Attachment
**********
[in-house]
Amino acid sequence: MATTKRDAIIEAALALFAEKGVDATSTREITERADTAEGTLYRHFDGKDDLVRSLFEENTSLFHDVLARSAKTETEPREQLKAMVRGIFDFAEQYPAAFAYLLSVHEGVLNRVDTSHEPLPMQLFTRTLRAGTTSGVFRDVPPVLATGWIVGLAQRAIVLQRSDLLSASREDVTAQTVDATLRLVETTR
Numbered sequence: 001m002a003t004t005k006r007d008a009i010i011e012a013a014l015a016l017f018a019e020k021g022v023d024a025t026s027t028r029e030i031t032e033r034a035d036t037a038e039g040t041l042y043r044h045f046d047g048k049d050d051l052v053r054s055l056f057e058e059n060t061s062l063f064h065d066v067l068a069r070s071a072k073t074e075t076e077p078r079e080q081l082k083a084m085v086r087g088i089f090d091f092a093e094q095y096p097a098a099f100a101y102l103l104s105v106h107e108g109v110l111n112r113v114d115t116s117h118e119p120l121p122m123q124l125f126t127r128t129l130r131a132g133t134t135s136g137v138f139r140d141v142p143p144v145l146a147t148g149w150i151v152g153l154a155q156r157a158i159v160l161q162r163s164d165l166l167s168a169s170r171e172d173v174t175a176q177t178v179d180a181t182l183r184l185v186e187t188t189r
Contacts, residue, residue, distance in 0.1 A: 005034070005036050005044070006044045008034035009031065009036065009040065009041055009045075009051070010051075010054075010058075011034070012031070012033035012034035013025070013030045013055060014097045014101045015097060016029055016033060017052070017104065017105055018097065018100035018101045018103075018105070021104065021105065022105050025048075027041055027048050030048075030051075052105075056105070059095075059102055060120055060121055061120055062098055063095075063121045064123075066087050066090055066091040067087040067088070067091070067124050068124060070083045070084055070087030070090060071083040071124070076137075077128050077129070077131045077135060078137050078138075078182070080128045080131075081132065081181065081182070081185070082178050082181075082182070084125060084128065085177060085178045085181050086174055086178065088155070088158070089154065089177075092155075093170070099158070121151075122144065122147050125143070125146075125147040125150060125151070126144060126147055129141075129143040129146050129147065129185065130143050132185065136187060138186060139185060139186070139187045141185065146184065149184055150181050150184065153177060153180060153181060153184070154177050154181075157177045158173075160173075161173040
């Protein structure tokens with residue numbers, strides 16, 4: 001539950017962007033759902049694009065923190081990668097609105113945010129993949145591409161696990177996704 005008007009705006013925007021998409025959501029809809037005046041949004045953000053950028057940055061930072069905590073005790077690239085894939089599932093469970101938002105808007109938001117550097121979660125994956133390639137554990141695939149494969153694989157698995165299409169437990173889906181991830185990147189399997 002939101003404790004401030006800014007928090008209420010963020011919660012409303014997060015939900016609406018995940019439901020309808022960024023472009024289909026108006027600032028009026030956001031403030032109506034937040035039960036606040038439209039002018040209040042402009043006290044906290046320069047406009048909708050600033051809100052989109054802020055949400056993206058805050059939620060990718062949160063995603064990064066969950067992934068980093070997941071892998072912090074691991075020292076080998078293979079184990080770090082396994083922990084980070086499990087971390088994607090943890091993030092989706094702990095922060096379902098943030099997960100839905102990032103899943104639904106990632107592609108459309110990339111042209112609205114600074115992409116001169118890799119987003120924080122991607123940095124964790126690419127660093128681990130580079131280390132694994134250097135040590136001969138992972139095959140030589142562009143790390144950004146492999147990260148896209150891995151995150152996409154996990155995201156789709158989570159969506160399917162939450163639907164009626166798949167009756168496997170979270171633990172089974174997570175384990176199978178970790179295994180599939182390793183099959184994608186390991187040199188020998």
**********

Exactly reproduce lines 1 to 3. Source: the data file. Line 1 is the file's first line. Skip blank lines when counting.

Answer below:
[in-house]
Amino acid sequence: MATTKRDAIIEAALALFAEKGVDATSTREITERADTAEGTLYRHFDGKDDLVRSLFEENTSLFHDVLARSAKTETEPREQLKAMVRGIFDFAEQYPAAFAYLLSVHEGVLNRVDTSHEPLPMQLFTRTLRAGTTSGVFRDVPPVLATGWIVGLAQRAIVLQRSDLLSASREDVTAQTVDATLRLVETTR
Numbered sequence: 001m002a003t004t005k006r007d008a009i010i011e012a013a014l015a016l017f018a019e020k021g022v023d024a025t026s027t028r029e030i031t032e033r034a035d036t037a038e039g040t041l042y043r044h045f046d047g048k049d050d051l052v053r054s055l056f057e058e059n060t061s062l063f064h065d066v067l068a069r070s071a072k073t074e075t076e077p078r079e080q081l082k083a084m085v086r087g088i089f090d091f092a093e094q095y096p097a098a099f100a101y102l103l104s105v106h107e108g109v110l111n112r113v114d115t116s117h118e119p120l121p122m123q124l125f126t127r128t129l130r131a132g133t134t135s136g137v138f139r140d141v142p143p144v145l146a147t148g149w150i151v152g153l154a155q156r157a158i159v160l161q162r163s164d165l166l167s168a169s170r171e172d173v174t175a176q177t178v179d180a181t182l183r184l185v186e187t188t189r